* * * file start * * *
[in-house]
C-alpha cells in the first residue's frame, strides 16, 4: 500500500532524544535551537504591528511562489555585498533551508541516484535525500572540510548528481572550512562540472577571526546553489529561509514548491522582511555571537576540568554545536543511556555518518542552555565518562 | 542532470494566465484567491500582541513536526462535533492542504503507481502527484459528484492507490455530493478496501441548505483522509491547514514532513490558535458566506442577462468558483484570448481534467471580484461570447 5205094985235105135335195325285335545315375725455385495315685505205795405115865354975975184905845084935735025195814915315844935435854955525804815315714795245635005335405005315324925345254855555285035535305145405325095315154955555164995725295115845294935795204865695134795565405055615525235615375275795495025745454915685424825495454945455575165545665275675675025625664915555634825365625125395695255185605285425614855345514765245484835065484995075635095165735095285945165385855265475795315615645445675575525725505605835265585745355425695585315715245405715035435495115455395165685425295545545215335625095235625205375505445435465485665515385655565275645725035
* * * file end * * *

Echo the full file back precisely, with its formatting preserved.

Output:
[in-house]
C-alpha cells in the first residue's frame, strides 16, 4: 500500500532524544535551537504591528511562489555585498533551508541516484535525500572540510548528481572550512562540472577571526546553489529561509514548491522582511555571537576540568554545536543511556555518518542552555565518562 | 542532470494566465484567491500582541513536526462535533492542504503507481502527484459528484492507490455530493478496501441548505483522509491547514514532513490558535458566506442577462468558483484570448481534467471580484461570447 5205094985235105135335195325285335545315375725455385495315685505205795405115865354975975184905845084935735025195814915315844935435854955525804815315714795245635005335405005315324925345254855555285035535305145405325095315154955555164995725295115845294935795204865695134795565405055615525235615375275795495025745454915685424825495454945455575165545665275675675025625664915555634825365625125395695255185605285425614855345514765245484835065484995075635095165735095285945165385855265475795315615645445675575525725505605835265585745355425695585315715245405715035435495115455395165685425295545545215335625095235625205375505445435465485665515385655565275645725035